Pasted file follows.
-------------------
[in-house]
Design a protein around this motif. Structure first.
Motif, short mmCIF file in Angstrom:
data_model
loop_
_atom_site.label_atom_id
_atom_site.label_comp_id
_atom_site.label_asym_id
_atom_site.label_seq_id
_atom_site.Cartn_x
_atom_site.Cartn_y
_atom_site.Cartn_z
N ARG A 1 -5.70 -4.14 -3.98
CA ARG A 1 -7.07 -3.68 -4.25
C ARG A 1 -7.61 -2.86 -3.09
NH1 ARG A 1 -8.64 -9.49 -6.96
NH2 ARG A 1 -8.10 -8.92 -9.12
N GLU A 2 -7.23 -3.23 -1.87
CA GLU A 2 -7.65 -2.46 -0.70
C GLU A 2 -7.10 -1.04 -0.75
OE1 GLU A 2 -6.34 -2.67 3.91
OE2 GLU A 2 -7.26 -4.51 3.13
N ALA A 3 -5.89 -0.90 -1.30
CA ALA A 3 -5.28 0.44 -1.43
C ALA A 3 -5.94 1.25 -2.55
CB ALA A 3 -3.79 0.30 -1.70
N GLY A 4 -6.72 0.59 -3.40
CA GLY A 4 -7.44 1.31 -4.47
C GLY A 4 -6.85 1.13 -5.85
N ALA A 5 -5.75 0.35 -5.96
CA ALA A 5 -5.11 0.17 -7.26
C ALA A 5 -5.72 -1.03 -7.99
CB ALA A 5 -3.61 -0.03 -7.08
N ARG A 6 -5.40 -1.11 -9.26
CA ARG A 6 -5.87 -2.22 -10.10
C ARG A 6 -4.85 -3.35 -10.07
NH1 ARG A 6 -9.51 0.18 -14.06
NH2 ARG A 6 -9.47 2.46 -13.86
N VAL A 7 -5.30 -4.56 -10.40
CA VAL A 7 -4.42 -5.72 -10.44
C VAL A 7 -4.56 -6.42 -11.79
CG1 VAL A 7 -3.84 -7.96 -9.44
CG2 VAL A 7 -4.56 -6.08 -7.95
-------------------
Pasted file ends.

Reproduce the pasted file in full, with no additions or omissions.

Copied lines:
[in-house]
Design a protein around this motif. Structure first.
Motif, short mmCIF file in Angstrom:
data_model
loop_
_atom_site.label_atom_id
_atom_site.label_comp_id
_atom_site.label_asym_id
_atom_site.label_seq_id
_atom_site.Cartn_x
_atom_site.Cartn_y
_atom_site.Cartn_z
N ARG A 1 -5.70 -4.14 -3.98
CA ARG A 1 -7.07 -3.68 -4.25
C ARG A 1 -7.61 -2.86 -3.09
NH1 ARG A 1 -8.64 -9.49 -6.96
NH2 ARG A 1 -8.10 -8.92 -9.12
N GLU A 2 -7.23 -3.23 -1.87
CA GLU A 2 -7.65 -2.46 -0.70
C GLU A 2 -7.10 -1.04 -0.75
OE1 GLU A 2 -6.34 -2.67 3.91
OE2 GLU A 2 -7.26 -4.51 3.13
N ALA A 3 -5.89 -0.90 -1.30
CA ALA A 3 -5.28 0.44 -1.43
C ALA A 3 -5.94 1.25 -2.55
CB ALA A 3 -3.79 0.30 -1.70
N GLY A 4 -6.72 0.59 -3.40
CA GLY A 4 -7.44 1.31 -4.47
C GLY A 4 -6.85 1.13 -5.85
N ALA A 5 -5.75 0.35 -5.96
CA ALA A 5 -5.11 0.17 -7.26
C ALA A 5 -5.72 -1.03 -7.99
CB ALA A 5 -3.61 -0.03 -7.08
N ARG A 6 -5.40 -1.11 -9.26
CA ARG A 6 -5.87 -2.22 -10.10
C ARG A 6 -4.85 -3.35 -10.07
NH1 ARG A 6 -9.51 0.18 -14.06
NH2 ARG A 6 -9.47 2.46 -13.86
N VAL A 7 -5.30 -4.56 -10.40
CA VAL A 7 -4.42 -5.72 -10.44
C VAL A 7 -4.56 -6.42 -11.79
CG1 VAL A 7 -3.84 -7.96 -9.44
CG2 VAL A 7 -4.56 -6.08 -7.95